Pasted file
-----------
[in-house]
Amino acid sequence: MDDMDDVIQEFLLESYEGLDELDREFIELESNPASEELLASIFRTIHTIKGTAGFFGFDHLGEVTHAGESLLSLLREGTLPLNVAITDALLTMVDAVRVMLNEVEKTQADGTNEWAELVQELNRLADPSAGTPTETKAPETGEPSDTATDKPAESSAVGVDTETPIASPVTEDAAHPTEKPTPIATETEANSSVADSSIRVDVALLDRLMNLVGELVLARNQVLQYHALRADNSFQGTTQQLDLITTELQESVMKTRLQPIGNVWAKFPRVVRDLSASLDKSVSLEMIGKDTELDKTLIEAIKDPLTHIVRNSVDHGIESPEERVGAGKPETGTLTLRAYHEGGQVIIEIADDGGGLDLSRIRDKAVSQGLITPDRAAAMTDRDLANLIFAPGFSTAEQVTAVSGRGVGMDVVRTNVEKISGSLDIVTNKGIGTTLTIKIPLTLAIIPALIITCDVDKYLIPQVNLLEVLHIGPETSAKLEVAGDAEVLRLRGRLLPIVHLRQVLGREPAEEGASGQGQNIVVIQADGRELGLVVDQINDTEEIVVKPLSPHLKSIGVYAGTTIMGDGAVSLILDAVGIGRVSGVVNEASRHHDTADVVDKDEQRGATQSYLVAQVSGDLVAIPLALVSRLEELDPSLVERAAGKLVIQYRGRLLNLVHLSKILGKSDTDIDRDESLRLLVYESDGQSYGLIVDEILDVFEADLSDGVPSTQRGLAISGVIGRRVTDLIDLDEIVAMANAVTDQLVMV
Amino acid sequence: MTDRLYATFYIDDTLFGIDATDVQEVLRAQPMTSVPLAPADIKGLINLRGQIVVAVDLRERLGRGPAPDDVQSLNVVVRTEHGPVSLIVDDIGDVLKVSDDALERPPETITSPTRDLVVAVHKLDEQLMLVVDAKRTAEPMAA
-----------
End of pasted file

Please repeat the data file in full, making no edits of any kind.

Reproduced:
[in-house]
Amino acid sequence: MDDMDDVIQEFLLESYEGLDELDREFIELESNPASEELLASIFRTIHTIKGTAGFFGFDHLGEVTHAGESLLSLLREGTLPLNVAITDALLTMVDAVRVMLNEVEKTQADGTNEWAELVQELNRLADPSAGTPTETKAPETGEPSDTATDKPAESSAVGVDTETPIASPVTEDAAHPTEKPTPIATETEANSSVADSSIRVDVALLDRLMNLVGELVLARNQVLQYHALRADNSFQGTTQQLDLITTELQESVMKTRLQPIGNVWAKFPRVVRDLSASLDKSVSLEMIGKDTELDKTLIEAIKDPLTHIVRNSVDHGIESPEERVGAGKPETGTLTLRAYHEGGQVIIEIADDGGGLDLSRIRDKAVSQGLITPDRAAAMTDRDLANLIFAPGFSTAEQVTAVSGRGVGMDVVRTNVEKISGSLDIVTNKGIGTTLTIKIPLTLAIIPALIITCDVDKYLIPQVNLLEVLHIGPETSAKLEVAGDAEVLRLRGRLLPIVHLRQVLGREPAEEGASGQGQNIVVIQADGRELGLVVDQINDTEEIVVKPLSPHLKSIGVYAGTTIMGDGAVSLILDAVGIGRVSGVVNEASRHHDTADVVDKDEQRGATQSYLVAQVSGDLVAIPLALVSRLEELDPSLVERAAGKLVIQYRGRLLNLVHLSKILGKSDTDIDRDESLRLLVYESDGQSYGLIVDEILDVFEADLSDGVPSTQRGLAISGVIGRRVTDLIDLDEIVAMANAVTDQLVMV
Amino acid sequence: MTDRLYATFYIDDTLFGIDATDVQEVLRAQPMTSVPLAPADIKGLINLRGQIVVAVDLRERLGRGPAPDDVQSLNVVVRTEHGPVSLIVDDIGDVLKVSDDALERPPETITSPTRDLVVAVHKLDEQLMLVVDAKRTAEPMAA